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Open Access Publications from the University of California

Developing a passive acoustic monitoring network for harbor porpoise in California

  • Author(s): Jacobson, Eiren Kate
  • Advisor(s): Barlow, Jay
  • Franks, Peter JS
  • et al.
Abstract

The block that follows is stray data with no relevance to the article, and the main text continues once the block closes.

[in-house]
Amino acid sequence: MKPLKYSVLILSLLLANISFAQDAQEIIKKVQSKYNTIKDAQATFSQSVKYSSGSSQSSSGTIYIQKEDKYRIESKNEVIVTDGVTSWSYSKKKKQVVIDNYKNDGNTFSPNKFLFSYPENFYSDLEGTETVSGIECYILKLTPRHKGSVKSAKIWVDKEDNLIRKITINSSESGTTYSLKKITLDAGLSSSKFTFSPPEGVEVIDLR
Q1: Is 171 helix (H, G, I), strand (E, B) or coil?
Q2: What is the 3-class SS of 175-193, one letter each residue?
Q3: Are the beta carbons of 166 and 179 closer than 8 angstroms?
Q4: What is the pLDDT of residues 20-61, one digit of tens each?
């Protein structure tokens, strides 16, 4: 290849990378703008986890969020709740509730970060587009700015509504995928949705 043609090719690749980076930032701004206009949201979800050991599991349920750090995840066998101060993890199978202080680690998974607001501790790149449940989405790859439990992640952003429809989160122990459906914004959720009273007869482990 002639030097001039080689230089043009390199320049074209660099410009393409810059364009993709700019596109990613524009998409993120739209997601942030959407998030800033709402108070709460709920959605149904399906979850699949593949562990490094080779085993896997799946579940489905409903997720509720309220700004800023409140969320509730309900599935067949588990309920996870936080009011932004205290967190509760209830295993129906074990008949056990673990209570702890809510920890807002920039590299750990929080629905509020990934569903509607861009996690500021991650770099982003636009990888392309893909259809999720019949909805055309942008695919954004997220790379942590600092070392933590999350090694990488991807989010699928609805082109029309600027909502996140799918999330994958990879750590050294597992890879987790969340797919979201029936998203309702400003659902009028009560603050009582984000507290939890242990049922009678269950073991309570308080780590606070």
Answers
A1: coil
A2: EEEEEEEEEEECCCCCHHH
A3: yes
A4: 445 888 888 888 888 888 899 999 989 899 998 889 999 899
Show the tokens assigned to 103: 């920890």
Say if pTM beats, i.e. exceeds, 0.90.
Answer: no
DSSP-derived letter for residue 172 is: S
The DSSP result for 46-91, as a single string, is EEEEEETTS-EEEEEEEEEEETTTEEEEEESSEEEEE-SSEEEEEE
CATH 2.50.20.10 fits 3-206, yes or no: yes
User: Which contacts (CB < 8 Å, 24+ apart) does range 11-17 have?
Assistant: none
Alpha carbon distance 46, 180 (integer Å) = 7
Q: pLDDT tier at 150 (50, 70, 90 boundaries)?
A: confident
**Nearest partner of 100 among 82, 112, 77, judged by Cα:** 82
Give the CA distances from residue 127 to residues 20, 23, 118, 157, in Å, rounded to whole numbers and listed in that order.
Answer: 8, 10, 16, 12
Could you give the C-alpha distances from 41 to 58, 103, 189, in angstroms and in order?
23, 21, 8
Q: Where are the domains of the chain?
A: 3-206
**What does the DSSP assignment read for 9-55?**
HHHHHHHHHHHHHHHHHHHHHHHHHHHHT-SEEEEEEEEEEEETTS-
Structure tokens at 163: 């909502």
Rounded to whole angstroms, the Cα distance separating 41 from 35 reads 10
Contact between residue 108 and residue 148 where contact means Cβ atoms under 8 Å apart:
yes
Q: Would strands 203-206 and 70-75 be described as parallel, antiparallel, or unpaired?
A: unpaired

Assessing the abundance of and trends in whale, dolphin, and porpoise (cetacean) populations using traditional visual methods can be challenging due primarily to their limited availability at the surface of the ocean. As a result, researchers are increasingly interested in incorporating non-visual and remote observations to improve cetacean population assessments. Passive acoustic monitoring (PAM) can complement or replace visual surveys for cetaceans that produce echolocation clicks, whistles, and other vocalizations. My doctoral dissertation is focused on developing methods to improve PAM of cetaceans. I used the Monterey Bay population of harbor porpoise (Phocoena phocoena) as a case study for methods development. In Chapter 2, I used passive acoustic data to document that harbor porpoises avoid bottlenose dolphins (Tursiops truncatus) in nearshore Monterey Bay. In Chapter 3, I investigated whether different passive acoustic instruments could be used to monitor harbor porpoise. I recorded harbor porpoise echolocation clicks simultaneously on two different passive acoustic instruments and compared the number and peak frequency of echolocation signals recorded on the two instruments. I found that the number of echolocation clicks was highly correlated between instruments but that the peak frequency of echolocation clicks was not well-correlated, suggesting that some instruments may not be capable of discriminating harbor porpoise echolocation clicks in regions where multiple species with similar echolocation signals are present. In Chapter 4, I used paired visual and passive acoustic surveys to estimate the effective detection area of the passive acoustic sensors in a Bayesian framework. This approach resulted in a posterior distribution of the effective detection area that was consistent with previously published values. In Chapter 5, I used aerial survey and passive acoustic data in a simulation framework to investigate the statistical power of different passive acoustic network designs and hypothetical changes in harbor porpoise abundance. As a whole, this dissertation used an applied approach to methods development to advance the use of PAM for cetaceans.

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